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Game notes: Packers pad interceptions lead


The Packers came into Sunday's game with six more interceptions than any other team in the league, and there's even less chance anyone will catch them now.

Green Bay intercepted Oakland quarterback Carson Palmer four times in the 46-16 victory, giving the Packers a league-best 27 interceptions with three regular-season games remaining.

"We'll continue to try to go up," said veteran cornerback Charles Woodson, who had one of the four picks. "Especially secondary-wise, we expect to get our hands on the ball."

The game started, fittingly, with an interception on the Raiders' first drive. Rookie inside linebacker D.J. Smith, starting his second straight game in place of the injured Desmond Bishop, juggled and then snagged a poorly thrown Palmer pass on the sixth play of the game. It was Smith's first career interception and the Packers immediately capitalized with a 47-yard touchdown run by Ryan Grant.

Woodson got his midway through the second quarter, setting up another Grant TD. The interception was Woodson's team-leading seventh on the season, and the fourth time as a Packer that Woodson has posted at least seven interceptions in a season (also 2006, '08, '09). Bobby Dillon (1952-59) is the only other Green Bay player to accomplish that.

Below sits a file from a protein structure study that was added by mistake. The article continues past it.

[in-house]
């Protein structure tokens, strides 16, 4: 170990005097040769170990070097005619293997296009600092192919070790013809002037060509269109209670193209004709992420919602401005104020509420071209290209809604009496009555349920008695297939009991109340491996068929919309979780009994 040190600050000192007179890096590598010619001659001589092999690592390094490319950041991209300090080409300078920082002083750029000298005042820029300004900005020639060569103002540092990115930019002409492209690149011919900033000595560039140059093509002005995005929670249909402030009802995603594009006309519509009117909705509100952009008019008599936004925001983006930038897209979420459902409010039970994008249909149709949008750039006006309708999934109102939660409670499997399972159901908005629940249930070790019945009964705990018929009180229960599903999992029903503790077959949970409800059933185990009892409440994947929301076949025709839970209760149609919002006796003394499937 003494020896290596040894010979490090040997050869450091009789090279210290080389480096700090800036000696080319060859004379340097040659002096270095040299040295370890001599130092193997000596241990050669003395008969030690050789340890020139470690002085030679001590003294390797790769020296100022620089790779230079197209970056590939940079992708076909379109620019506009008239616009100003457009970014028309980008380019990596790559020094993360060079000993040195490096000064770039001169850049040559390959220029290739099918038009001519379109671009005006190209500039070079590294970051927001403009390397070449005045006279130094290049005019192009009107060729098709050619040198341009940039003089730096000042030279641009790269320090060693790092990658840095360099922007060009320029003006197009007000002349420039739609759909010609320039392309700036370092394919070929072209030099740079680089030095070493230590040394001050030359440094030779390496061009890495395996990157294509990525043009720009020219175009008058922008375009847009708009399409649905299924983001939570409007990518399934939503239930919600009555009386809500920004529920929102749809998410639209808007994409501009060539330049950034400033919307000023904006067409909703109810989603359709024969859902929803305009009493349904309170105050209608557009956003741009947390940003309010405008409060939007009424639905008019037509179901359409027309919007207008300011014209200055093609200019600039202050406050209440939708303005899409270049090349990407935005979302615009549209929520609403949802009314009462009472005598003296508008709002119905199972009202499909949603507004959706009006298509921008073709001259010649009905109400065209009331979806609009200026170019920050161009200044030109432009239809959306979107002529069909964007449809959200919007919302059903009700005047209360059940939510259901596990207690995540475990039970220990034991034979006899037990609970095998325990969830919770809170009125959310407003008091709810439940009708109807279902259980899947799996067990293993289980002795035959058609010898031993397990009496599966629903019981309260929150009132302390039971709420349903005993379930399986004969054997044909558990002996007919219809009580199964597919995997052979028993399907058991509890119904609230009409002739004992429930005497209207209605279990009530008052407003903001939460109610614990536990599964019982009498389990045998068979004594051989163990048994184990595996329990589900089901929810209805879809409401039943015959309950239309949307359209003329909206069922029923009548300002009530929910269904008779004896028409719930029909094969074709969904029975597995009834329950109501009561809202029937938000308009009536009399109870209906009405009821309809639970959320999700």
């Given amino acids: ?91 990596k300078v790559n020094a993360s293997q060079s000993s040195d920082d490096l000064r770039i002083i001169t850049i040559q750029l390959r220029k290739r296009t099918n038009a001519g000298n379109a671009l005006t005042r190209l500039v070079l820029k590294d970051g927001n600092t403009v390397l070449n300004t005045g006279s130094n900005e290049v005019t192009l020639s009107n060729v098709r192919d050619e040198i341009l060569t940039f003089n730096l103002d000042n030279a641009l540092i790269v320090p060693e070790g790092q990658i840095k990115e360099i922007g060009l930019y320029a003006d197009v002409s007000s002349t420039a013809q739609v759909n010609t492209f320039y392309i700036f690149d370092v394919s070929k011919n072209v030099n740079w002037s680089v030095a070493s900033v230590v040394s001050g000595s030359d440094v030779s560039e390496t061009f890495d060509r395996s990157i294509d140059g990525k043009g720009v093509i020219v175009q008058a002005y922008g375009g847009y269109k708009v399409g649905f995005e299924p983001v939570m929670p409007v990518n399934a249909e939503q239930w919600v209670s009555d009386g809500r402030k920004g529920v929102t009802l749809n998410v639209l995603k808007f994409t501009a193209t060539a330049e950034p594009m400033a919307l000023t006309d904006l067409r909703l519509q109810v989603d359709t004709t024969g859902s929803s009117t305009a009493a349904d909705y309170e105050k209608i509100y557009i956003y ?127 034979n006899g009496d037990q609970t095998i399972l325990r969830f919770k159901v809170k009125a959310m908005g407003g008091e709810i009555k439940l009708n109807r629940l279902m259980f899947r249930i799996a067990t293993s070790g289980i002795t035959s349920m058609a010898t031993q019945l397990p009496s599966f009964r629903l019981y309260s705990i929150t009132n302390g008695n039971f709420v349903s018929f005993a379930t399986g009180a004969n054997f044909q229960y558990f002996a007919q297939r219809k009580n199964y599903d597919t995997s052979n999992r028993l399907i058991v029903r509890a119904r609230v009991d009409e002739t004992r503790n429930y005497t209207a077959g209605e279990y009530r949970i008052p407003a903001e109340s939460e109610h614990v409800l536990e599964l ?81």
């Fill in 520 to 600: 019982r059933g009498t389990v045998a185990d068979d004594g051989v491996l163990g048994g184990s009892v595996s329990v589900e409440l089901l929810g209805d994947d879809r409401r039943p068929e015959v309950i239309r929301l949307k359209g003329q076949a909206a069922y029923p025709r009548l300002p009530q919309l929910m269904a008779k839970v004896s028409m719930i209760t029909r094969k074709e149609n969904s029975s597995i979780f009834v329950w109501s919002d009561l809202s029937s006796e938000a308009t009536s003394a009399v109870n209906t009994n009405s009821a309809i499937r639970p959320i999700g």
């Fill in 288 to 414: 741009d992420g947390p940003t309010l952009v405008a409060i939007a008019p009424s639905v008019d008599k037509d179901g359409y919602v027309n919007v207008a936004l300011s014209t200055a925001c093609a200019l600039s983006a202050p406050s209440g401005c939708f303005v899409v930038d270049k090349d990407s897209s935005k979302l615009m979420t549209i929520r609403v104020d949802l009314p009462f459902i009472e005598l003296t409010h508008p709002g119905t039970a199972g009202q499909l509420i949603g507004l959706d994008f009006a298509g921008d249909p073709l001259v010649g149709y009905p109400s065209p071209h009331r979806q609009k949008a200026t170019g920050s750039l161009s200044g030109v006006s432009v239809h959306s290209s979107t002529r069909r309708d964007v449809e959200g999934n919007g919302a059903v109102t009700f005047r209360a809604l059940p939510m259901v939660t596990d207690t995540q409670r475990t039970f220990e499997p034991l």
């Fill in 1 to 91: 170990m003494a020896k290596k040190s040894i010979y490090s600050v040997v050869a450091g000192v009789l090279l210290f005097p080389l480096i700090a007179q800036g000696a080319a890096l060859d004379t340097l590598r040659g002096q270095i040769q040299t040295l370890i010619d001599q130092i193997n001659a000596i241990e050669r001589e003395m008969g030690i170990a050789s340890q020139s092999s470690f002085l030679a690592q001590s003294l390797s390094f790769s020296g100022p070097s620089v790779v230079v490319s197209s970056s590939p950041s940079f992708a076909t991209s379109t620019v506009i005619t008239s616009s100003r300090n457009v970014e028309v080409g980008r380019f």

The Packers got a third interception just before halftime, as inside linebacker Robert Francois leaped to snare Palmer's deep throw into the end zone for tight end Kevin Boss. Like Smith, Francois was starting a second straight game but in place of A.J. Hawk, who dressed but didn't play.

It was the second interception in three games for Francois, who also made a leaping interception in Detroit on Thanksgiving when he first showed off his good hands.

"People were sleeping on me," Francois joked. "I played receiver back in the day, so I've got the hands."

Francois later forced a fumble on a short pass reception that teammate Erik Walden scooped up and returned for a touchdown. That gave the two backup inside linebackers three turnover plays in one game, reinforcing the confidence their defensive mates have had in them since Bishop and Hawk got hurt.

"That goes to the mindset of this team," Woodson said. "No matter who's in there, a backup or what have you, you're expected to play well. Those guys came up with two big plays today, which were huge for us.

"We expect them to play well, they have played well, and if they're asked to play any more, then we'll ask them to play better. We're comfortable with those guys out there."

Cornerback Sam Shields closed the pick party with the team's fourth interception late in the fourth quarter. It was Shields' third on the season, giving the Packers five defenders with at least three interceptions and now seven with at least two.

"We watch enough film to understand what teams are trying to do," Woodson said. "We've played enough football as a group to know where we're supposed to be, and we feel like we should make plays on the ball, and when we do, come up with it. We expect to have many more."